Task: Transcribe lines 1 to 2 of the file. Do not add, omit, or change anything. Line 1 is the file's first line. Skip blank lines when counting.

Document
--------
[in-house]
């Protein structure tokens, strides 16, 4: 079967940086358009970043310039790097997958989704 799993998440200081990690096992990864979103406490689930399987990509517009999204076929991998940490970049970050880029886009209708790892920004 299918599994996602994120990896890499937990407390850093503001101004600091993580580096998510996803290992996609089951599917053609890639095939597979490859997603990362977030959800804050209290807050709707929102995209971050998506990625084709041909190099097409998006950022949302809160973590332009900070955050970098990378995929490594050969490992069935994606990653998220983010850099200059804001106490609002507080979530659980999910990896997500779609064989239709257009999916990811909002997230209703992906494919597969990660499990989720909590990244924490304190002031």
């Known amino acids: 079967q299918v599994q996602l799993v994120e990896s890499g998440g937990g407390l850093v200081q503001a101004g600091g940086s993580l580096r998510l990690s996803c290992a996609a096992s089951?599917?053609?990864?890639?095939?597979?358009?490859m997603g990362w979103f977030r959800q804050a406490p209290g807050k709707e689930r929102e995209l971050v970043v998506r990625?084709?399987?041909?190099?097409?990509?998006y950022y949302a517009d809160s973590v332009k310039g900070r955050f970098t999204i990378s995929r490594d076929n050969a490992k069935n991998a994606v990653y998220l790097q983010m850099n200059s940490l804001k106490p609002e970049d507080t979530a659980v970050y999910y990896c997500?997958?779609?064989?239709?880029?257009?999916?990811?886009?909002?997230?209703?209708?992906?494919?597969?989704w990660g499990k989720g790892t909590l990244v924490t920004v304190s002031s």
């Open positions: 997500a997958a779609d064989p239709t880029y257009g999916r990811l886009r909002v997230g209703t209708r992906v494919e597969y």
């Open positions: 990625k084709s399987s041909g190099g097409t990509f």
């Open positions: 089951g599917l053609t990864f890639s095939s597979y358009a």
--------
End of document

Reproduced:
[in-house]
């Protein structure tokens, strides 16, 4: 079967940086358009970043310039790097997958989704 799993998440200081990690096992990864979103406490689930399987990509517009999204076929991998940490970049970050880029886009209708790892920004 299918599994996602994120990896890499937990407390850093503001101004600091993580580096998510996803290992996609089951599917053609890639095939597979490859997603990362977030959800804050209290807050709707929102995209971050998506990625084709041909190099097409998006950022949302809160973590332009900070955050970098990378995929490594050969490992069935994606990653998220983010850099200059804001106490609002507080979530659980999910990896997500779609064989239709257009999916990811909002997230209703992906494919597969990660499990989720909590990244924490304190002031």